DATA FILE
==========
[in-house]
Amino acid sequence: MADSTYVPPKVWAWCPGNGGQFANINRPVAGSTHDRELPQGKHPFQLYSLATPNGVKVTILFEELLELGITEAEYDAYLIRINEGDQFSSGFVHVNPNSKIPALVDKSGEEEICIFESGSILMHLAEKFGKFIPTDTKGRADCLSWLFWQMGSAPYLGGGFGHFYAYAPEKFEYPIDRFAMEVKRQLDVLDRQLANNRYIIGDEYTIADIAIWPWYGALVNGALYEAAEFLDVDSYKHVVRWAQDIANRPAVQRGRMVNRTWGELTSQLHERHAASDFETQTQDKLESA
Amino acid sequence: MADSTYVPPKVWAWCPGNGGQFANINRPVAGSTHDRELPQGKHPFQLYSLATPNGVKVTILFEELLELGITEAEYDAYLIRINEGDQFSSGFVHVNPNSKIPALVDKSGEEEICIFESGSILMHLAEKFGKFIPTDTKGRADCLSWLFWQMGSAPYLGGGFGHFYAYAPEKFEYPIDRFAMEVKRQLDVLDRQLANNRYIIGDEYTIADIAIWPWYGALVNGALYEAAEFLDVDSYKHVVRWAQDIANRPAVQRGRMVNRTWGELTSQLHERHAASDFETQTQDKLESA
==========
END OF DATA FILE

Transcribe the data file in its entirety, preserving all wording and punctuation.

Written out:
[in-house]
Amino acid sequence: MADSTYVPPKVWAWCPGNGGQFANINRPVAGSTHDRELPQGKHPFQLYSLATPNGVKVTILFEELLELGITEAEYDAYLIRINEGDQFSSGFVHVNPNSKIPALVDKSGEEEICIFESGSILMHLAEKFGKFIPTDTKGRADCLSWLFWQMGSAPYLGGGFGHFYAYAPEKFEYPIDRFAMEVKRQLDVLDRQLANNRYIIGDEYTIADIAIWPWYGALVNGALYEAAEFLDVDSYKHVVRWAQDIANRPAVQRGRMVNRTWGELTSQLHERHAASDFETQTQDKLESA
Amino acid sequence: MADSTYVPPKVWAWCPGNGGQFANINRPVAGSTHDRELPQGKHPFQLYSLATPNGVKVTILFEELLELGITEAEYDAYLIRINEGDQFSSGFVHVNPNSKIPALVDKSGEEEICIFESGSILMHLAEKFGKFIPTDTKGRADCLSWLFWQMGSAPYLGGGFGHFYAYAPEKFEYPIDRFAMEVKRQLDVLDRQLANNRYIIGDEYTIADIAIWPWYGALVNGALYEAAEFLDVDSYKHVVRWAQDIANRPAVQRGRMVNRTWGELTSQLHERHAASDFETQTQDKLESA